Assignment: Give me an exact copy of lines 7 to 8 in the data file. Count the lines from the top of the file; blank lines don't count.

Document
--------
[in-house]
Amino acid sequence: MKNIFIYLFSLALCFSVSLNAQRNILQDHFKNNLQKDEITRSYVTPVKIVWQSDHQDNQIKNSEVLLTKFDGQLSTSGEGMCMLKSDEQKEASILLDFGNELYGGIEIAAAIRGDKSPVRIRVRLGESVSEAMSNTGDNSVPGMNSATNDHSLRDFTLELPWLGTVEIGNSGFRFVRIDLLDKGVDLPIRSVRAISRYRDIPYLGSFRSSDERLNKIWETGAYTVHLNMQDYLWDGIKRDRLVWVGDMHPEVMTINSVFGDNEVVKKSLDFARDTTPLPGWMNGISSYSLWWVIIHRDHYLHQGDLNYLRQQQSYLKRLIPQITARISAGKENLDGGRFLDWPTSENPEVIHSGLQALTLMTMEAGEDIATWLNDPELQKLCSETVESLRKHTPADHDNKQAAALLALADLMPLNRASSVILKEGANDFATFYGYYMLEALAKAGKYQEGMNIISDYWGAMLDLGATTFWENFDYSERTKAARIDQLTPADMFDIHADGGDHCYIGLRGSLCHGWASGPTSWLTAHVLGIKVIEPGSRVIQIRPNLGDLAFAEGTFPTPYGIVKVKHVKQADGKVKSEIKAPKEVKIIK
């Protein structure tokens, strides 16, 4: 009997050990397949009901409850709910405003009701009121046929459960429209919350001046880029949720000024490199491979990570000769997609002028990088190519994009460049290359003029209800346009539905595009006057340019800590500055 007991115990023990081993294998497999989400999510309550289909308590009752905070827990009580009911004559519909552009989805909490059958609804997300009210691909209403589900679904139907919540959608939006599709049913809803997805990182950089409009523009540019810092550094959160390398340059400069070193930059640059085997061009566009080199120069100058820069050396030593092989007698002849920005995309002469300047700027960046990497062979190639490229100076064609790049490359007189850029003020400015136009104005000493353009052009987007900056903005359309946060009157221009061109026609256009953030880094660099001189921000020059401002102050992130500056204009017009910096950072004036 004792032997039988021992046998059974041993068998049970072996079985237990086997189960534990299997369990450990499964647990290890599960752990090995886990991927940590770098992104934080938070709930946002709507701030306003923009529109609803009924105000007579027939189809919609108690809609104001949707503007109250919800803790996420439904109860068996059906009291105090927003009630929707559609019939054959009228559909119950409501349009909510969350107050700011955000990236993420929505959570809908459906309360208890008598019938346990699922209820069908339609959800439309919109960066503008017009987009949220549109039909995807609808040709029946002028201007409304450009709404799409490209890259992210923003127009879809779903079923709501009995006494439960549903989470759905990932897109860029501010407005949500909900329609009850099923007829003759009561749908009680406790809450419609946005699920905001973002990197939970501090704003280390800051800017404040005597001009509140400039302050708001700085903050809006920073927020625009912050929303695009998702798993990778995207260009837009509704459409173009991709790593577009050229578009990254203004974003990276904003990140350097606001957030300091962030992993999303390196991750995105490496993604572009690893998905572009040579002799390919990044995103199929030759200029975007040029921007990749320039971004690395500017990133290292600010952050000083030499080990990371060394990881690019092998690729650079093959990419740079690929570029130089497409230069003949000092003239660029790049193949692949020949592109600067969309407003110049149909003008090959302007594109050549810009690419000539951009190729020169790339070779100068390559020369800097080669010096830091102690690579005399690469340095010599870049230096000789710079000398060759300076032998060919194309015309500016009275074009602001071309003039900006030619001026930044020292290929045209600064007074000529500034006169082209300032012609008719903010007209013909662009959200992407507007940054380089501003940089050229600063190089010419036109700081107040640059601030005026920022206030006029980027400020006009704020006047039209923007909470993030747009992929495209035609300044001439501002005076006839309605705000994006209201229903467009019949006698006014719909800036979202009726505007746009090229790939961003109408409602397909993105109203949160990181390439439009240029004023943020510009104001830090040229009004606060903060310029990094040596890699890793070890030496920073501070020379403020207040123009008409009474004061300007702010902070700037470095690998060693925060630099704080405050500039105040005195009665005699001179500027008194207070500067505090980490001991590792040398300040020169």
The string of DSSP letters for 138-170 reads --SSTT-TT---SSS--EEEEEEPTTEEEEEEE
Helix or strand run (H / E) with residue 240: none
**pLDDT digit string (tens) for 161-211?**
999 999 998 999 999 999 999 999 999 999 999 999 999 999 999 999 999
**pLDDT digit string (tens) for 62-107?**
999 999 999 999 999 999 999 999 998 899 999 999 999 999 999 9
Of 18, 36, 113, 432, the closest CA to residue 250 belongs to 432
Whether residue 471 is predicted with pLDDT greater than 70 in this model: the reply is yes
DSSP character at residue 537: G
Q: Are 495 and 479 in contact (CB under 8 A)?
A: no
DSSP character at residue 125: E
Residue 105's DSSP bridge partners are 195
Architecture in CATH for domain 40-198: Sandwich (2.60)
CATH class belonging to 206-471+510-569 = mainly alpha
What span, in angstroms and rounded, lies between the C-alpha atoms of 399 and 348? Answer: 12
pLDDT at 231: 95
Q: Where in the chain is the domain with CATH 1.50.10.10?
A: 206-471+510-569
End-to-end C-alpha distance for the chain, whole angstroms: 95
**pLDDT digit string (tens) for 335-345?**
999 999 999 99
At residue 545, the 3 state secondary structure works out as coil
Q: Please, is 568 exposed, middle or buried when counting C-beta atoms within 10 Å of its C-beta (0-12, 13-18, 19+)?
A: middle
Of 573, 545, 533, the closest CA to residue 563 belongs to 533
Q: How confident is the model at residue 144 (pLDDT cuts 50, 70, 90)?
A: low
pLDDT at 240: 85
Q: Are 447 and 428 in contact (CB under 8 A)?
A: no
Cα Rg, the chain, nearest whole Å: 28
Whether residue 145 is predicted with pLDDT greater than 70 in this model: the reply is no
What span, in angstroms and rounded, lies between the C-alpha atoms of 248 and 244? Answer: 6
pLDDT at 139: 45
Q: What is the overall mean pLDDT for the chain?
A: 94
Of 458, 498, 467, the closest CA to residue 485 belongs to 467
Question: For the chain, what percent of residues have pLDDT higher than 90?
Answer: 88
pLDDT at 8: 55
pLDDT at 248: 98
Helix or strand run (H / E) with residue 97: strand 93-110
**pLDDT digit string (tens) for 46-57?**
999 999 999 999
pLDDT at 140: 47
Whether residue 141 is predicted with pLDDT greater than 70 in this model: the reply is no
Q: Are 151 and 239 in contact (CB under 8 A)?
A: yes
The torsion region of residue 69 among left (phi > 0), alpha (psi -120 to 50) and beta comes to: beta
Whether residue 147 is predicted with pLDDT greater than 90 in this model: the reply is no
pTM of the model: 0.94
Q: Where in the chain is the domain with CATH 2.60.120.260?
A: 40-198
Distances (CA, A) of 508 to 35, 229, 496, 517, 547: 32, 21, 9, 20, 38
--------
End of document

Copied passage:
999 999 998 999 999 999 999 999 999 999 999 999 999 999 999 999 999
**pLDDT digit string (tens) for 62-107?**